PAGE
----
A Philly Foodie’s Guide to Healthy Eating

Don’t let a night at the city’s best restaurants blow your diet. Philadelphia’s top chefs — including Iron Chef Jose Garces — share what to order at their restaurants when you’re watching your weight

It happens every year. You make good on your New Year’s resolution until about two or three weeks into January when you’re starved, literally, for a night out. Well, now you can eat out sans guilt: Seven of our favorite local
chefs assured us that it’s entirely possible to eat at their restaurants
without totally wrecking our New Year’s diets. Here, the lighter — and still
delicious — dishes to order on your next visit. (Want to splurge a little after a great week of workouts? Here are some dishes our food team loves.)

Chifa, 707 Chestnut Street, 215-925-5555, chifarestaurant.com.
Order: Peruvian ceviche, $9.
Why: "Ceviches are deeply flavorful and light enough that you can indulge in them often without feeling guilty,” says chef Jose Garces. “Our Peruvian ceviche, based on a mellow white fish called corvina, is bright and rich, with intense acidity from the pickled pearl onions that makes the fish feel velvety in your mouth. It’s a wonderful treat that isn’t fried or topped with a creamy sauce—and that makes it a great, healthful snack."

Zahav, 237 St. James Place, 215-625-8800, zahavrestaurant.com.
Order: The Galil, $7.
Why: "Kebabs are a great, healthy alternative to braised meats in heavy sauces — they have all of the flavor but far fewer calories and fat,” says chef Michael Solomonov. “I especially recommend our Galil, a skewer of baby eggplant with tehina. It’s got a wealth of taste with plenty of heart-healthy ingredients, including pistachios (the ‘healthiest’ of all nuts) and antioxidant-rich pomegranate."

Lacroix, 210 West Rittenhouse Square, 215-546-9000, lacroixrestaurant.com.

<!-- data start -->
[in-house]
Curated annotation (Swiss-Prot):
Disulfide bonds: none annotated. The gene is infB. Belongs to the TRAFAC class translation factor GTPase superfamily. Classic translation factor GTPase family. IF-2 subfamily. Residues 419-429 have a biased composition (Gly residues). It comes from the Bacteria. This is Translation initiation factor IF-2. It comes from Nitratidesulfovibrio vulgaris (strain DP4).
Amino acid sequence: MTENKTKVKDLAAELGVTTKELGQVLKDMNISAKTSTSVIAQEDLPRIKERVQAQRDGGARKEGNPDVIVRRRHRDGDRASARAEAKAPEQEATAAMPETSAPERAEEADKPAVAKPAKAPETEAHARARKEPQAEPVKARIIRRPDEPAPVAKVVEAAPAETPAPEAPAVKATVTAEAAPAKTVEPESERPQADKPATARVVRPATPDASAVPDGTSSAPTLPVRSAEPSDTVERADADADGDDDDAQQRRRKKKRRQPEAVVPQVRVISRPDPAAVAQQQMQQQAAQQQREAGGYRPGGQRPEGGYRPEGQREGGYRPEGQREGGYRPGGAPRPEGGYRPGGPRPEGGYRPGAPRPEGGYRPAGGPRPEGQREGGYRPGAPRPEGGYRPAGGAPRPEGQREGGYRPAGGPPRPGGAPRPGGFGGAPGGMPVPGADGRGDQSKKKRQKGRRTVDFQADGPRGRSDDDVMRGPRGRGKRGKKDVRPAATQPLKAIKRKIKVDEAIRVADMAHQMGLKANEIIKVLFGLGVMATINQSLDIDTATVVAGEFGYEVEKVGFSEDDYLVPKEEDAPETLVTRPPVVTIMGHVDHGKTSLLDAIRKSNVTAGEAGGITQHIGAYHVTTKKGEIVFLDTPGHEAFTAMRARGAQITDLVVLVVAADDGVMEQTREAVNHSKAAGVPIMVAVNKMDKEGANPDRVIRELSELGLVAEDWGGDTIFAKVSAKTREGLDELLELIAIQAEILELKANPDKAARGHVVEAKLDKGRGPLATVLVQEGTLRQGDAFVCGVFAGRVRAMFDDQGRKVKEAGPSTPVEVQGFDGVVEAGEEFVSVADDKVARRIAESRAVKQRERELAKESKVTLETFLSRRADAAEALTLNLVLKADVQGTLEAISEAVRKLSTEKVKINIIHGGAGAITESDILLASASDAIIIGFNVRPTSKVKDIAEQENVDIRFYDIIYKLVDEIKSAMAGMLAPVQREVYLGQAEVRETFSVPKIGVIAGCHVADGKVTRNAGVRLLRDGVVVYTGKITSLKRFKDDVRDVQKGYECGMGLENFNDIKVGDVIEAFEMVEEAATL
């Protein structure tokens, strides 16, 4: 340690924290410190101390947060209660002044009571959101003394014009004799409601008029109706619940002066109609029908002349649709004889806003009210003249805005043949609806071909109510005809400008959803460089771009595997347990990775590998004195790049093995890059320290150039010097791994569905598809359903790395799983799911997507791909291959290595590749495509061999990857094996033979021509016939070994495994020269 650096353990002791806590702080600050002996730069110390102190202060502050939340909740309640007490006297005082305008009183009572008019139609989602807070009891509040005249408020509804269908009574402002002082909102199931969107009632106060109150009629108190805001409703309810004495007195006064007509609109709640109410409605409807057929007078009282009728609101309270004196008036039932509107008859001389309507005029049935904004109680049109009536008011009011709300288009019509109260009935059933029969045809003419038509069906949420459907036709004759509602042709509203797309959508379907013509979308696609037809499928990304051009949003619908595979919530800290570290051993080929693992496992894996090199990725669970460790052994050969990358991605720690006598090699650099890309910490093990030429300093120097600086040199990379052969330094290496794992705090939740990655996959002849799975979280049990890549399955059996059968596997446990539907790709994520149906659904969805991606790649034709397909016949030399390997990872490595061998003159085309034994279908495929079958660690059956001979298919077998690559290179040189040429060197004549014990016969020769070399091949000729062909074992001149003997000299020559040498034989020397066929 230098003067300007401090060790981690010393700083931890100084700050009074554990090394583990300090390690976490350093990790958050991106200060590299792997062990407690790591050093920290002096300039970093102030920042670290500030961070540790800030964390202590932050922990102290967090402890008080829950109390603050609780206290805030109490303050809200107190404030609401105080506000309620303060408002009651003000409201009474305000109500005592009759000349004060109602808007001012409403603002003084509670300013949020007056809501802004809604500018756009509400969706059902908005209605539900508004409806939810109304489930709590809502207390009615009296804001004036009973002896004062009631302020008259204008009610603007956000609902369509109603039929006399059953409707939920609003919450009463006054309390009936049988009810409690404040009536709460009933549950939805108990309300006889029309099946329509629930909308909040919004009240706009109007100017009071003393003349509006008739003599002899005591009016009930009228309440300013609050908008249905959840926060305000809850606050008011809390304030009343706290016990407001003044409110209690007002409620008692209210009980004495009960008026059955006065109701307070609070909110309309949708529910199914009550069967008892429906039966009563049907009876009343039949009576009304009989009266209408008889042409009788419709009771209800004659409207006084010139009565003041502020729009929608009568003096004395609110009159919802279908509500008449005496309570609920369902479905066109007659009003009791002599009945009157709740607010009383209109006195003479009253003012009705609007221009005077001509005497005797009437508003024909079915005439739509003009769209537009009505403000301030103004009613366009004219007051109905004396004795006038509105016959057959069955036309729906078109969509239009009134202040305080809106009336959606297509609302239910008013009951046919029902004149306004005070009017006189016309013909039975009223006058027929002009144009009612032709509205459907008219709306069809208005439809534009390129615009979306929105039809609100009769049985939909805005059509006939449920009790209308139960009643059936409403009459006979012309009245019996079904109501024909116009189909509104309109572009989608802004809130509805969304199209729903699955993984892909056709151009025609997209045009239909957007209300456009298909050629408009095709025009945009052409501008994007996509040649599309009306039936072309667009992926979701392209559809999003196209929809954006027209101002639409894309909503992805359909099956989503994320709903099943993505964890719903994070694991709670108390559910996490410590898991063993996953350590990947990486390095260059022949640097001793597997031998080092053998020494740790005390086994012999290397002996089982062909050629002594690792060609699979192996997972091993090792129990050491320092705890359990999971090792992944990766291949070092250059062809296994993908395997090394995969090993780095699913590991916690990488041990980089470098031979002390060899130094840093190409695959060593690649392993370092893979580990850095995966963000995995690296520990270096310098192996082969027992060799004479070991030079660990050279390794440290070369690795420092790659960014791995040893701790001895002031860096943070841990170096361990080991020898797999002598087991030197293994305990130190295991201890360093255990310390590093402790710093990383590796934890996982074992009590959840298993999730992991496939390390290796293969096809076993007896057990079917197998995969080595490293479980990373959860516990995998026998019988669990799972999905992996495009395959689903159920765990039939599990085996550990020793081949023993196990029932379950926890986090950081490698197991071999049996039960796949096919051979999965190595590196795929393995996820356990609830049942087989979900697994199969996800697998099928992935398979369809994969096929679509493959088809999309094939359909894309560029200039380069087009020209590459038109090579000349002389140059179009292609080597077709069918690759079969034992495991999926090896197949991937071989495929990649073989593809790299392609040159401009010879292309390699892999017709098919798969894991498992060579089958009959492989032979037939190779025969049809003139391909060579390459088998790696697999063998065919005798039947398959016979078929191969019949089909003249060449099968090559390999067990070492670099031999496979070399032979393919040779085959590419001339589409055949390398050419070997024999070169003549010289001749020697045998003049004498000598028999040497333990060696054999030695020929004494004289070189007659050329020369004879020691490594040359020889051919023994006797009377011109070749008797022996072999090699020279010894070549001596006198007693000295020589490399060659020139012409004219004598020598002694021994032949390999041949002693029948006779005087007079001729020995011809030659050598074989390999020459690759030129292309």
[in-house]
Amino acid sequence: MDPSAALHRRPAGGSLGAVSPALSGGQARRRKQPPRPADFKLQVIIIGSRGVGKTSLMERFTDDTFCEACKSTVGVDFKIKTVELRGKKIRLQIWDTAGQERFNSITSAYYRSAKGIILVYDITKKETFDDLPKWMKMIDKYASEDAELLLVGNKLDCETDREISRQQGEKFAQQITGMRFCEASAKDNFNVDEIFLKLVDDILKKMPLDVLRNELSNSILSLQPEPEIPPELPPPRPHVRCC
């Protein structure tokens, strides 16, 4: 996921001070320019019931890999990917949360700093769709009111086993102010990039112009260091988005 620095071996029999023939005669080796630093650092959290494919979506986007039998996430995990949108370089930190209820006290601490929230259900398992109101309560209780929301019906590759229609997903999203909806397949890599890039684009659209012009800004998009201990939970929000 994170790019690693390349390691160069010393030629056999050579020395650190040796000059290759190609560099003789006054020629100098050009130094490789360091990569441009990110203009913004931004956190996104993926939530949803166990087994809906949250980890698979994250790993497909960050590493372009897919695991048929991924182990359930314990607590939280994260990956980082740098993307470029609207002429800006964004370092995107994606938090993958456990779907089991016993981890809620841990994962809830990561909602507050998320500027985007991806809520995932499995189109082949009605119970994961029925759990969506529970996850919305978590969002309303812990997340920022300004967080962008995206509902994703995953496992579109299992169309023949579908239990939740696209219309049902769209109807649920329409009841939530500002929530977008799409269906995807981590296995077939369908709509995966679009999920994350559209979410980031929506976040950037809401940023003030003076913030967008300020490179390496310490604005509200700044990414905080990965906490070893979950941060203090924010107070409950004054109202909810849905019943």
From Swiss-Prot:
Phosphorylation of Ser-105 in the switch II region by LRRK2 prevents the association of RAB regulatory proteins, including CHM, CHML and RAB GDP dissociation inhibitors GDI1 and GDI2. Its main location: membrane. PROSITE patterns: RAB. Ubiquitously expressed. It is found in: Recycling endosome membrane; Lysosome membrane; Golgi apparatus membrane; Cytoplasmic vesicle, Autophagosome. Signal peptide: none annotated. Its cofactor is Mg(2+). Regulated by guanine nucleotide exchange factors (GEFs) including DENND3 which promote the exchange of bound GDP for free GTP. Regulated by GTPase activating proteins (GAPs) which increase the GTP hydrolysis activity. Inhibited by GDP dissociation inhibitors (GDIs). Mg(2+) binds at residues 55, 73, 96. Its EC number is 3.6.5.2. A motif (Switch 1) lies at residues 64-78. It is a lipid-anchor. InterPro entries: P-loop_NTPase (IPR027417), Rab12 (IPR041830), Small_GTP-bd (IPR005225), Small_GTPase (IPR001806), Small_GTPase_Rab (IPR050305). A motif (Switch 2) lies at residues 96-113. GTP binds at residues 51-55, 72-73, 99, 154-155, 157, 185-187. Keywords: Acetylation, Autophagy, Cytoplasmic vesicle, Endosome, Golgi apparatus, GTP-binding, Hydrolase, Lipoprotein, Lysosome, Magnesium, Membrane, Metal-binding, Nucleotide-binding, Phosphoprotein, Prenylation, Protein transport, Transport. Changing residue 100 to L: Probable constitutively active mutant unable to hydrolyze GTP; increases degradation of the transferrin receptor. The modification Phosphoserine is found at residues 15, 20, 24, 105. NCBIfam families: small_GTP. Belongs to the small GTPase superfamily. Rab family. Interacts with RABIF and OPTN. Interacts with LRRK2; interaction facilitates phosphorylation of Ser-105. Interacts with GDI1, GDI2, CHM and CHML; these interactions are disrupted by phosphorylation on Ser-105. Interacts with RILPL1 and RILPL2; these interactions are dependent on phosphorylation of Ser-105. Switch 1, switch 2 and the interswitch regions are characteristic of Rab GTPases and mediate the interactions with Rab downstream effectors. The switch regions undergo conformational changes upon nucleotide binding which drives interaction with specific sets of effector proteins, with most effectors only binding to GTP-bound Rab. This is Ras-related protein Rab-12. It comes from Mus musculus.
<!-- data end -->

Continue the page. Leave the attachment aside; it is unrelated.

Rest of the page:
Order: Venison, available on both the a la carte ($46) and tasting menus ($75 for five courses; $95 for eight courses).
Why: “Venison is very high in protein but also very lean,” says chef Jason Cichonski. “Because of the lack of fat, we never cook it over medium-rare, which keeps it moist and delicious without drying it out. The venison on the tasting is accompanied by brussels sprout leaves, chestnut puree flavored with curry, and a light salad made from diced celery root and pickled cantaloupe. It’s a great way to end the tasting menu without killing someone.”

Bindi, 105 South 13th Street, 215-922-6061, bindibyob.com.
Order: Generally, anything with yogurt. Specifically, the chicken tikka masala, $19.
Why: “Yogurt in Indian cooking is a healthy ingredient that is used to tenderize meats, dress salads, or as a garnish in spicy dishes to cool down the palate,” says chef Marcie Turney. “For our chicken tikka masala, the chicken breast is cut into cubes and then marinated for 24 hours in yogurt (which tenderizes the meat), lemon juice, ginger-garlic paste and many spices. It is then roasted in the oven and served over a chickpea-tomato-onion ‘gravy.’ It is garnished with raita (cucumber-yogurt sauce) and kachumber (cucumber, red onion and tomato salad).”

Supper, 926 South Street, 215-592-8180, supperphilly.com.
Order: Striped bass, $16.
Why: “Our menu at Supper is very user friendly for light eaters,” says chef Mitch Prensky. “Many of the plates feature proteins and vegetables, with little or no starch. Our striped bass is pan-roasted in olive oil, and served with mushroom hash, sautéed chard and a light limoncello vinaigrette.”

Buddakan, 325 Chestnut Street, 215-574-9440, buddakan.com.
Order: Sesame crusted tuna, $29.
Why: "The tuna is a lean center cut piece of big eye tuna crusted in sesame seeds and lightly seared in a hot pan," says chef Scott Swiderski. "It is accompanied with a salad made of fresh vegetables and frisee, with grape seed oil and fresh herb dressing."

Pub and Kitchen, 1946 Lombard Street, 215-545-0350, thepubandkitchen.com.
Order: Chicken breast, $18.
Why: "The chicken is cast-iron-seared in olive oil and served over mustard green beans with an Irish soda biscuit," says chef Jonathan McDonald. "The dish contains very little butter, and chicken is a very lean protein." [Healthy Life recommends filling up on the chicken and beans and leaving most of that buttery bisuit behind.]